“unwritten, unwritable proceeding [that] is the guileful heart of Book V.”42 The juxtaposition of the trial scene with the disquieting image of the libelous poet Malfont’s punishment has suggested to some that Spenser is alerting readers that, throughout this section, the real subject is power relations between poet and monarch, or the metacritical insight that allegory requires readers to comply with its own vision of meaning and “misrecognize” truths other than the one it communicates.43 (Spenser’s intention is then to 41 See Diane Parkin-Speer, “Allegorical Legal Trials

in Spenserian allegory and Elizabethan biblical exegesis
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comments bear this out. Indeed, Austen Saunders’s recent discovery that John Dixon, The Fairie Queene’s earliest marginalian, transcribed some of his most apparently “personal and complex allegorical response[s]‌” directly from the apparatus of the Geneva Bible makes my point almost too perfectly.1 On the other hand, when Spenserians talk or write about allegory nowadays, they often identify the psychological or cognitive work the mode does for its practitioner (whether reader or writer). Here is Kenneth Gross: allegories feed our fantasies that ideas have a fate

in Spenserian allegory and Elizabethan biblical exegesis
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A context for The Faerie Queene

. At the remove of four centuries, however, it is more likely that explicitly religious rhetoric, rather than Spenser’s historical fiction, will seem displeasant, or at least unfamiliar. Spenserian Allegory and Elizabethan Biblical Exegesis introduces the reader to this once-ubiquitous religious rhetoric and its approach to the Bible. In showing something of how Spenser and his contemporaries read and listened to the Bible, the book will also demonstrate how sermons, homilies, and liturgies trained original readers to understand Spenser’s allegorical method and thus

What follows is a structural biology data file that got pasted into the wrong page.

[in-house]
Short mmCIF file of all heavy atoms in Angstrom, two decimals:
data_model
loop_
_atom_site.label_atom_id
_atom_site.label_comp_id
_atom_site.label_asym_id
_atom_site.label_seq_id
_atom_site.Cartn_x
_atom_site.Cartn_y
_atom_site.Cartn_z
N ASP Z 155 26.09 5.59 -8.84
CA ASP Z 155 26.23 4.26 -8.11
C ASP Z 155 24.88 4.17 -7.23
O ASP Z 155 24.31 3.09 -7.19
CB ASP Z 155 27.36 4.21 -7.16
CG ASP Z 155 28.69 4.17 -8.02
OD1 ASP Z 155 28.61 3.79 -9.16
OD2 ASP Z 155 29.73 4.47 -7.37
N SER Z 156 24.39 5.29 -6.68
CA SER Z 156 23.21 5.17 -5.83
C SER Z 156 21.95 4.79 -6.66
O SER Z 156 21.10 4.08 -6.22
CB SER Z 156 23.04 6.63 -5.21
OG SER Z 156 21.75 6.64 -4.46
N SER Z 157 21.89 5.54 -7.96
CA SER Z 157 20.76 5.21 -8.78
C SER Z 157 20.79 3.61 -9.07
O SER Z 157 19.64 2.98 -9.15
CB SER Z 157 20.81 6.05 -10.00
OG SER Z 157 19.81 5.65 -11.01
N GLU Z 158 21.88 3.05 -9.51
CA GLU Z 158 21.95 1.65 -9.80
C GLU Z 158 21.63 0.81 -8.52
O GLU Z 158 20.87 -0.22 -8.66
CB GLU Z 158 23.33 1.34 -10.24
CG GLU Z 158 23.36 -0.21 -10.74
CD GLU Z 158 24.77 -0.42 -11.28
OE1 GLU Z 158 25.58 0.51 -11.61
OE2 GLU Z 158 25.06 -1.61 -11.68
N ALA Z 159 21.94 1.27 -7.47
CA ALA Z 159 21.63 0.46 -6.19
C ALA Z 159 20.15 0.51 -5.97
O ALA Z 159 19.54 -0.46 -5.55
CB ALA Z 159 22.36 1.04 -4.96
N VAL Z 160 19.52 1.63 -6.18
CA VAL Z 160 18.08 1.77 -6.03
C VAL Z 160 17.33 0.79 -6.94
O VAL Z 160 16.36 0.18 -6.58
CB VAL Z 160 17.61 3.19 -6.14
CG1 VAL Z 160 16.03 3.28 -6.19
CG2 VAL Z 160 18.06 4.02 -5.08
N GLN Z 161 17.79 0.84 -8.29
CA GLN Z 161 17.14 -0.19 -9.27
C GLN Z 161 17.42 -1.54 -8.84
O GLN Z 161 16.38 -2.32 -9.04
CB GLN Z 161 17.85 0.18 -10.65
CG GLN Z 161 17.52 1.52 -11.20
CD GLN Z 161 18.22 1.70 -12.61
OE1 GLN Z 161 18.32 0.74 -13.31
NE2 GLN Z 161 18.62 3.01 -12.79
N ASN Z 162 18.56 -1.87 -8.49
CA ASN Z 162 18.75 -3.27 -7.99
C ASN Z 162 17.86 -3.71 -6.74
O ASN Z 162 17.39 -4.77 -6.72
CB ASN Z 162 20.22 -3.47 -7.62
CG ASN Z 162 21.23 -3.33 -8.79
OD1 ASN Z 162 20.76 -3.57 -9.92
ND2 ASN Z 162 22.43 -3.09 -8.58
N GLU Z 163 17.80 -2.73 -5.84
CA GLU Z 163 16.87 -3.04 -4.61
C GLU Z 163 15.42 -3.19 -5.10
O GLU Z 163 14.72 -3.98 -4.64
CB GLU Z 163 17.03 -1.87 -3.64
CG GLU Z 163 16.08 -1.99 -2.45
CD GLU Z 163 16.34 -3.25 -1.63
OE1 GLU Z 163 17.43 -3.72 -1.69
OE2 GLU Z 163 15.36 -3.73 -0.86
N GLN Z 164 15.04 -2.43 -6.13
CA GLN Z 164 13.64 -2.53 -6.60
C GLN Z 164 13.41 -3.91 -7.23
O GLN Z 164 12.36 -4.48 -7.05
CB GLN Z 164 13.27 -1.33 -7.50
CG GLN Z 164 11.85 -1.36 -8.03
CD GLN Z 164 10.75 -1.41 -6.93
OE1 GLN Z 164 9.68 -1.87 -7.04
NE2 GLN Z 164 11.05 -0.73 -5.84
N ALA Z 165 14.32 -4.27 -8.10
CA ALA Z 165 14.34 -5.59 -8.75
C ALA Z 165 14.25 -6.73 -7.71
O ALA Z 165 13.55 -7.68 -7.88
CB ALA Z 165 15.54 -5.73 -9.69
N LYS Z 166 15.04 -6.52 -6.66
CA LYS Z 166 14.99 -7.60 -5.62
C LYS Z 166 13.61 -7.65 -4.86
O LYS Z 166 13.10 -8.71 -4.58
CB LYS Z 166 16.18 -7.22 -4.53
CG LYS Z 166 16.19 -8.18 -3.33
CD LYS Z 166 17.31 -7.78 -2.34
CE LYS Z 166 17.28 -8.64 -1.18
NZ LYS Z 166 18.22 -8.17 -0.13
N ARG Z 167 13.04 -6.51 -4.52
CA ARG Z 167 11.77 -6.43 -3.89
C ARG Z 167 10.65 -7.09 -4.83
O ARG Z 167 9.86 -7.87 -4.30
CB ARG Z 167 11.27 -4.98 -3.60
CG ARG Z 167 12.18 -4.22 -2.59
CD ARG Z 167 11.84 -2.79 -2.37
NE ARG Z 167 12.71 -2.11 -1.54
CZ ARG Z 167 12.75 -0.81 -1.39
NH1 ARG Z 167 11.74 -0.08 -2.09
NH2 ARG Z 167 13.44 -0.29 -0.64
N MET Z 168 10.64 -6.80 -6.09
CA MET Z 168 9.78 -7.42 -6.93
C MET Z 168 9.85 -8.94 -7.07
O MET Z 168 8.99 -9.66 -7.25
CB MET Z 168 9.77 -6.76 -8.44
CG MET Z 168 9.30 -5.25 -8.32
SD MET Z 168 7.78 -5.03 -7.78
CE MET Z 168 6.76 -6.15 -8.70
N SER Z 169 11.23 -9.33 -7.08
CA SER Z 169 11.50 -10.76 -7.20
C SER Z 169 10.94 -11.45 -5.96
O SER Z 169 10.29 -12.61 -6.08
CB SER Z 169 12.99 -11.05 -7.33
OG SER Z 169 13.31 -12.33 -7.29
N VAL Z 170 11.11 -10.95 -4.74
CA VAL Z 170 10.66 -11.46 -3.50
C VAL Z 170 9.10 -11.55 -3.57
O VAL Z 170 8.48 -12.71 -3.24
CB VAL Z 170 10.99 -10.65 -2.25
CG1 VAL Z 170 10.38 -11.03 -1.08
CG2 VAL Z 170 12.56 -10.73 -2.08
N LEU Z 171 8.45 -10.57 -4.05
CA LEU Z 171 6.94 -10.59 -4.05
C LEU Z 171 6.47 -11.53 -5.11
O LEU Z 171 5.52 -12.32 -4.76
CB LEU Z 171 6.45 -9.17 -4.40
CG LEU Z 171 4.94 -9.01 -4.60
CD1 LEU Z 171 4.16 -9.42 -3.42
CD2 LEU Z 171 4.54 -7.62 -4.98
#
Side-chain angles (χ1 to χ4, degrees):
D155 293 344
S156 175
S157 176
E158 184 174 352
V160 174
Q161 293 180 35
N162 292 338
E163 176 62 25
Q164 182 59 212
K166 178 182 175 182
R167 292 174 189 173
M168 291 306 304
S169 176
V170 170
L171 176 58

in Spenserian allegory and Elizabethan biblical exegesis
Allegories of the Armada

129 6 Saracens, Assyrians, and Spaniards: allegories of the Armada This book contends that recapturing the biblical learning of Spenser’s contemporaries can help twenty-first-century readers appreciate the allegorical method at work in The Faerie Queene. As Chapters 2 and 3 demonstrate, Elizabethan liturgies and sermons inculcated a collective national experience which was pervasively biblical. Cultural familiarity with typology meant that preachers discussed recent and contemporary figures in biblical terms:  Anne Boleyn as Esther, Mary Tudor as Athaliah,1

in Spenserian allegory and Elizabethan biblical exegesis